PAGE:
Matter of the Heart

Graham Greene's letters to his paramour, Catherine Walston, trace the hazy line between life and fiction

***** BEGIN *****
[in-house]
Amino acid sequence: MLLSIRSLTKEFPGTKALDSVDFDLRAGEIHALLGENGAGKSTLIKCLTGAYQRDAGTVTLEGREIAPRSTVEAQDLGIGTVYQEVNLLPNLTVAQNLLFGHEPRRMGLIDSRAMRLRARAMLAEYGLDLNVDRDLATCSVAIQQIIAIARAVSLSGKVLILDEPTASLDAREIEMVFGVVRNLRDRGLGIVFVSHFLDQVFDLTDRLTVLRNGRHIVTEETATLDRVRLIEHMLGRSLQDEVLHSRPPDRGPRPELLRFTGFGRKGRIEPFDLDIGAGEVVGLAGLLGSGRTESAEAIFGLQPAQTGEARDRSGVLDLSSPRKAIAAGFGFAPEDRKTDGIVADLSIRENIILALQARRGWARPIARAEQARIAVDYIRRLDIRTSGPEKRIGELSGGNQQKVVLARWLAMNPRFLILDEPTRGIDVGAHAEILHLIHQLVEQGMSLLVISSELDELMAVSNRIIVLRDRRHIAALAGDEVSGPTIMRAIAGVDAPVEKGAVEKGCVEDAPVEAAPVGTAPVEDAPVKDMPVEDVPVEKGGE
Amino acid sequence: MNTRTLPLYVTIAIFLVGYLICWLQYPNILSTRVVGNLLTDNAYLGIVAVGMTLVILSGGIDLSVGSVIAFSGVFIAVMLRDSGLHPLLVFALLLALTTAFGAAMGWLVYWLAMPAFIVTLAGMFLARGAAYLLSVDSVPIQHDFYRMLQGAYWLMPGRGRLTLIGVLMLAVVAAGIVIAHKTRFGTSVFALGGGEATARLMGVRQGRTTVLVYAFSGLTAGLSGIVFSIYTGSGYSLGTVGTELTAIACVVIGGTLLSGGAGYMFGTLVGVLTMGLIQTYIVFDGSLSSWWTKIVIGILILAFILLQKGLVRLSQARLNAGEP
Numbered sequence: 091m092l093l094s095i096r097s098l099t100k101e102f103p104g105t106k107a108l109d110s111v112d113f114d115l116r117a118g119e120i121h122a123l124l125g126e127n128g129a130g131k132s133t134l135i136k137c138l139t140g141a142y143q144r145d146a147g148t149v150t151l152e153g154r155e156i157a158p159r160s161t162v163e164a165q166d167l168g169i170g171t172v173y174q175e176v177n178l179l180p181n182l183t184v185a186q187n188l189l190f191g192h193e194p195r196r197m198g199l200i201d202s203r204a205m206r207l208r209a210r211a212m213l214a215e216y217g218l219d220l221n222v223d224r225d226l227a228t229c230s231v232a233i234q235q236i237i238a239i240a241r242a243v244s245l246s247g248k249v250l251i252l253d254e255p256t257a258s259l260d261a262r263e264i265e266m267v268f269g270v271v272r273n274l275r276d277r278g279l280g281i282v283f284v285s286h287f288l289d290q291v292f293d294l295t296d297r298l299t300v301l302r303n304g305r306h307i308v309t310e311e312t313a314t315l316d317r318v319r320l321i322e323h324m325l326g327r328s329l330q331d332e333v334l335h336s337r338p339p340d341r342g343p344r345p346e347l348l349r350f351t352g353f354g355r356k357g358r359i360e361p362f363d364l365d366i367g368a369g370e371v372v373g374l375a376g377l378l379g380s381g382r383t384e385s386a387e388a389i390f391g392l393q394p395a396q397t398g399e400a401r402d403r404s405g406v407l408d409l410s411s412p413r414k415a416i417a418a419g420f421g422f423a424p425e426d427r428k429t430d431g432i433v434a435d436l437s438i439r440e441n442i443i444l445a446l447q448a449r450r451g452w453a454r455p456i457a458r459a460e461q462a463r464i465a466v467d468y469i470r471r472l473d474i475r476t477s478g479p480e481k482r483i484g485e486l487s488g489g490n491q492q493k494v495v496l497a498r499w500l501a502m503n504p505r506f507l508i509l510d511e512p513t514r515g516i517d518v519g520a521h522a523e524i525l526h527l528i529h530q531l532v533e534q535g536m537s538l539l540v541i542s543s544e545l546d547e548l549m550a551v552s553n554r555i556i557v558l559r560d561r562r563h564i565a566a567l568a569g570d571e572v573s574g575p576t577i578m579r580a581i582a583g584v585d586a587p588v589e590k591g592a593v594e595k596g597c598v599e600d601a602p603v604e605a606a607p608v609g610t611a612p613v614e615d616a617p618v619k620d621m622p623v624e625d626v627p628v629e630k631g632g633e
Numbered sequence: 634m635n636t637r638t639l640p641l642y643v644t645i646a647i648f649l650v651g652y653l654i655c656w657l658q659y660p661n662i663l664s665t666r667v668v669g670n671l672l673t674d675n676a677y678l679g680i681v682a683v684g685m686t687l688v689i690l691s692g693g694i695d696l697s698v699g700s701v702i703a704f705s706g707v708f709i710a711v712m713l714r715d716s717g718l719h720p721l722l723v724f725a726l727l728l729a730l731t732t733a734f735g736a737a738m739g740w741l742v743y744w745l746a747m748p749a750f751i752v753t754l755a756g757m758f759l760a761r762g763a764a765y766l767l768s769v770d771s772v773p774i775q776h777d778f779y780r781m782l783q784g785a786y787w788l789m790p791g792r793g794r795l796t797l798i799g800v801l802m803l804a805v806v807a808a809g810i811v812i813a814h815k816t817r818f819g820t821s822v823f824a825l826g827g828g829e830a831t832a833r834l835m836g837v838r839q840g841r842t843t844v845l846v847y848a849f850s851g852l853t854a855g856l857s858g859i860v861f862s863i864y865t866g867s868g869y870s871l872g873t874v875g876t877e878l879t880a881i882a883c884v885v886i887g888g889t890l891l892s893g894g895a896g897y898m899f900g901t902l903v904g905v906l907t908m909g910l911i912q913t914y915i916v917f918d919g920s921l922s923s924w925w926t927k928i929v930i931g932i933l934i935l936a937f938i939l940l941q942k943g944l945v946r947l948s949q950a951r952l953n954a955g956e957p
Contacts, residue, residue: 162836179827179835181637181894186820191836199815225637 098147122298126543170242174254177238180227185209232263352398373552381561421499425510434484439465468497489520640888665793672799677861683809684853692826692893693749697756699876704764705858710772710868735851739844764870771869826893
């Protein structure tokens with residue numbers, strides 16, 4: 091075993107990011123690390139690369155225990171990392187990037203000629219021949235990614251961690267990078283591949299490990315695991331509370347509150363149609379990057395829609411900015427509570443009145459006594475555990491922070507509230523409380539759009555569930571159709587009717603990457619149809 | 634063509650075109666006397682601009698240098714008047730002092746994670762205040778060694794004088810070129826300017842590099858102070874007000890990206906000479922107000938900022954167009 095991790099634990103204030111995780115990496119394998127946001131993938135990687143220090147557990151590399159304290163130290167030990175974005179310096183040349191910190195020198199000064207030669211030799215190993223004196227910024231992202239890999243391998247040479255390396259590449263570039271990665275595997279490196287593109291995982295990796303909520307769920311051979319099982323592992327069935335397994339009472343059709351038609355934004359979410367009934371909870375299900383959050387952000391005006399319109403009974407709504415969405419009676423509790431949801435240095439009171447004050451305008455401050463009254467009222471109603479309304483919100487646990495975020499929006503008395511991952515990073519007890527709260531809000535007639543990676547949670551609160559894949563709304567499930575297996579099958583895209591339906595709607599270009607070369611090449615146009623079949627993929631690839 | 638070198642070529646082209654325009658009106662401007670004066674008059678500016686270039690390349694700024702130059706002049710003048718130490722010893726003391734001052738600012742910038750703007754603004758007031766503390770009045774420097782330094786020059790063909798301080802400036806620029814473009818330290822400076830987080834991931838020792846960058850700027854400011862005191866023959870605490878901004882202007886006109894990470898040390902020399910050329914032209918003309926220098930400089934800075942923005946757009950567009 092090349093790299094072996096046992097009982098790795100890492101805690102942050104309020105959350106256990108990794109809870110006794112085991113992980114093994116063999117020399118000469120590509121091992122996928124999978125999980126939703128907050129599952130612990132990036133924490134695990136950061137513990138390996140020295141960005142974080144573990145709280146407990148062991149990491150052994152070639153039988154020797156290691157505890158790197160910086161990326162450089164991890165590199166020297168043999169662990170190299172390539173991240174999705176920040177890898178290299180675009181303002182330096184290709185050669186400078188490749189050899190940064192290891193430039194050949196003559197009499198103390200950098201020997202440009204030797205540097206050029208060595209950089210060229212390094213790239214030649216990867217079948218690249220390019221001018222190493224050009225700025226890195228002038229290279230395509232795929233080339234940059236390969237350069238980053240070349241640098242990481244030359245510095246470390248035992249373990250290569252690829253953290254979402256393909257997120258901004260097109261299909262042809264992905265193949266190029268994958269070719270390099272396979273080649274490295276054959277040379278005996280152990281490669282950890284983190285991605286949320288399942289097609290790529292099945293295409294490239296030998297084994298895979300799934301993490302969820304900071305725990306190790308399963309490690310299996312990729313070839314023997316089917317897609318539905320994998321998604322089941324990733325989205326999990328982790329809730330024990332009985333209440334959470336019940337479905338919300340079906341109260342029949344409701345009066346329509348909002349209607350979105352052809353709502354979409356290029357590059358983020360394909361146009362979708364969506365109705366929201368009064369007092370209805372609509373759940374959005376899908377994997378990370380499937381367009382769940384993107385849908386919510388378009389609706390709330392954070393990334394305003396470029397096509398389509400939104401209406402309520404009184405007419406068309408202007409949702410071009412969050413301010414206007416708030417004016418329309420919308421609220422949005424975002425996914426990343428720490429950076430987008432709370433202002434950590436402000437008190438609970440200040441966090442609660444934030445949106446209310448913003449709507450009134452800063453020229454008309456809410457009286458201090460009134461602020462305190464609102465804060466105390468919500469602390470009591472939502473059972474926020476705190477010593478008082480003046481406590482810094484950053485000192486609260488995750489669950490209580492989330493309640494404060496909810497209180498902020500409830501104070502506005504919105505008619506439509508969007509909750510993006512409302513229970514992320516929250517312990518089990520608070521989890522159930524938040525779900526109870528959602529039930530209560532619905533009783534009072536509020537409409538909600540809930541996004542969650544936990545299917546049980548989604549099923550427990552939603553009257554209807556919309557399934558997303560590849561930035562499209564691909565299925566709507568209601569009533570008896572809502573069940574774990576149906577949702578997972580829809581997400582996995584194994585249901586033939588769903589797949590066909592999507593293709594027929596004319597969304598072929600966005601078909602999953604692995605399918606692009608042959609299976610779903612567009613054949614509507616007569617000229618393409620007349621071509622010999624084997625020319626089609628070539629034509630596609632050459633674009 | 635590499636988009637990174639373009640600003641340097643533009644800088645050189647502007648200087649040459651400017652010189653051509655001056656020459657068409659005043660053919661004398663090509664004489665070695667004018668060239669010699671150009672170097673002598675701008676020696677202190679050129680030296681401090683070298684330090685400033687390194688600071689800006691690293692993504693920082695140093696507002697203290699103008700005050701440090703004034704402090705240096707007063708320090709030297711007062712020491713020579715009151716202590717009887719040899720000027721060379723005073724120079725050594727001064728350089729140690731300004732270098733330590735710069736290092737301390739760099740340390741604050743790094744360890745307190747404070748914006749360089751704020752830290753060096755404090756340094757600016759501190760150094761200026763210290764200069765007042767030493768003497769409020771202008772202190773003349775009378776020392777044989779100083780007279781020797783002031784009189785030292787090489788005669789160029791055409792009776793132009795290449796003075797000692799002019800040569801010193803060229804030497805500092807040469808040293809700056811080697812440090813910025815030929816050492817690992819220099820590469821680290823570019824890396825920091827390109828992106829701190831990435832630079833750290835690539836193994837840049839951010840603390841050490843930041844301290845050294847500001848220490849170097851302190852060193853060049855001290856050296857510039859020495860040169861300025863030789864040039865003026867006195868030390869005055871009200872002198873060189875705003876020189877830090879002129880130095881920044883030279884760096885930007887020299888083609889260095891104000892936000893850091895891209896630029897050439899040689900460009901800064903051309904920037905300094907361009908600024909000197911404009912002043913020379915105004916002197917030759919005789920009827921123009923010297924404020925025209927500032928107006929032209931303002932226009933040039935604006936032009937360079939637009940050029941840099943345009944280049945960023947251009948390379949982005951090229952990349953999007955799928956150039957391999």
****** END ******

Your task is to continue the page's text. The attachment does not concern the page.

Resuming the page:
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Strangely, though, I returned the last box feeling rather less like an invader of privacy than I had when I started. "The act of creation is awfully odd and inexplicably like falling in love," Greene wrote in one of his early letters to Walston. That may be true, but when I finished reading the record of Greene’s great love, I felt like a spectator at the coronation of the Japanese emperor. That essential moment of communion between the emperor and the sun is screened and unseen. So, too, must be the moment of creation when a writer like Greene takes the stuff of these letters and turns it into fiction. The secret of that trick is a matter whose privacy Greene maintains in his grave.


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